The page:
“That’s all right,” said Percy when I pointed this out to him. “You can write about one of the class pets instead.”

He was referring to our hamsters. We have three of the little beasts: Ronald Roundbutt, Doris the Delightful, and Hubert Hugecheeks. Hubert got his name the day we all watched in horrified fascination as he crammed so much food into his cheeks that we thought his head might explode. You should have seen him! Anyway, I like the hamsters, but I don’t have what you would call a close personal relationship with any of them.

“I bet I’ve got the most unusual pet in the class,” said Larrabe Hicks proudly.

I doubted this was true; it was far more likely that Pleskit’s pet Veeblax was more unusual, since it was the only one on the planet. Even so, I was interested to hear what Larrabe had.

So was Percy. “Why don’t you tell us about it?” he said.

Larrabe beamed. “I have a woodchuck. His name is Harold.”

“A woodchuck?” cried Jordan. “That’s the craziest thing I ever heard!” He would have said more, but he got laughing so hard that Brad Kent—who could be Jordan’s personal pet, since he seems to look at Jordan the way most dogs look at their masters—had to pound him on the back to stop him from choking.

“Sounds pretty cool to me,” said Percy. “Any chance you could bring him in?”

This was a typical Percy thing to do. He was always suggesting something that made our teachers groan and roll their eyes. Only Ms. Weintraub didn’t, because she is very cool, definitely the coolest teacher we’ve ever had. She actually agreed that if it was okay with Larrabe’s mother, Harold could spend the week with us.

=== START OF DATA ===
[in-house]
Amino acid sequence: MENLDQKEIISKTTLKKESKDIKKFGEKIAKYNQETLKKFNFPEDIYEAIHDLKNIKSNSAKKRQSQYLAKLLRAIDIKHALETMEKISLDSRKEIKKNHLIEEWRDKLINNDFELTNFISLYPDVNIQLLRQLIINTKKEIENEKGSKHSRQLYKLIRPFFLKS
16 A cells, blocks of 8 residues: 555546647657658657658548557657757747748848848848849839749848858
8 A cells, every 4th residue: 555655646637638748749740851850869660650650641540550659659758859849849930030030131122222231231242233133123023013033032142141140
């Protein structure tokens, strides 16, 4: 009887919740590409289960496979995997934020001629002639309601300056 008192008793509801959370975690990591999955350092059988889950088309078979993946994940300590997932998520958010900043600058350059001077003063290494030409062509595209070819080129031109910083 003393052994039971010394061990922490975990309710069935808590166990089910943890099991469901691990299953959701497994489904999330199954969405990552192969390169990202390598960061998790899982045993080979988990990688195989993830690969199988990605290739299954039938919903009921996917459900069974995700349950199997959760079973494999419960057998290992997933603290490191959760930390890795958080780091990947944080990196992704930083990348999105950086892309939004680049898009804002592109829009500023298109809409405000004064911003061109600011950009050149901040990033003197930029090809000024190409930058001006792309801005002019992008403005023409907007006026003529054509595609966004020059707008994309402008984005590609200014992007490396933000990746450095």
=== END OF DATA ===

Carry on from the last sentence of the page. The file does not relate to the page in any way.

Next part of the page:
The next morning I got to school a little early, something that doesn’t happen all that often. Pleskit and I were talking about plans for the weekend (even though it was only Tuesday). His bodyguard, McNally, who is sort of my hero, was standing a few feet away.

(My mother doesn’t like me to call adults by their last names, since she thinks it’s rude, but that’s what McNally prefers. “The name’s McNally—just McNally” is the way he introduces himself. This has led Shhh-foop, the embassy cook, to believe that his proper name is “Just McNally.”)

As Pleskit and I talked, McNally’s eyes were roving the classroom, checking everything out. At least, that’s my theory. I have no idea what his eyes were really doing, since I’ve never seen them. McNally always wears dark sunglasses, even inside.

Suddenly he began to smile. “Well, I’ll be danged,” he muttered.

I turned toward where he was looking.

Larrabe had just come through the door. He was holding a leash. At the other end of the leash, strapped into a leather harness, was a woodchuck!

Larrabe’s mom walked in behind him, carrying a big metal cage.

“Told you I had a woodchuck,” said Larrabe happily. He reached down and lifted the creature onto his desk. “Meet Harold!”

Harold turned out to be pretty cute, in an oversize, rodenty sort of way. He was almost two feet long, with short legs, thick fur, big black eyes, and a lot of blubber. (“Harold loves to eat,” explained Larrabe. “It’s one of his favorite things in life.”)

Harold was amazingly tame for something you usually consider to be a wild animal, and he sat on Larrabe’s desk without moving, even while the whole class clustered around to get a good look at him.

“I thought that kind of critter was called a groundhog,” said Chris Mellblom.

“?‘Woodchucks’ and ‘groundhogs’ are just different names for the same animal,” said Larrabe, rummaging in his backpack.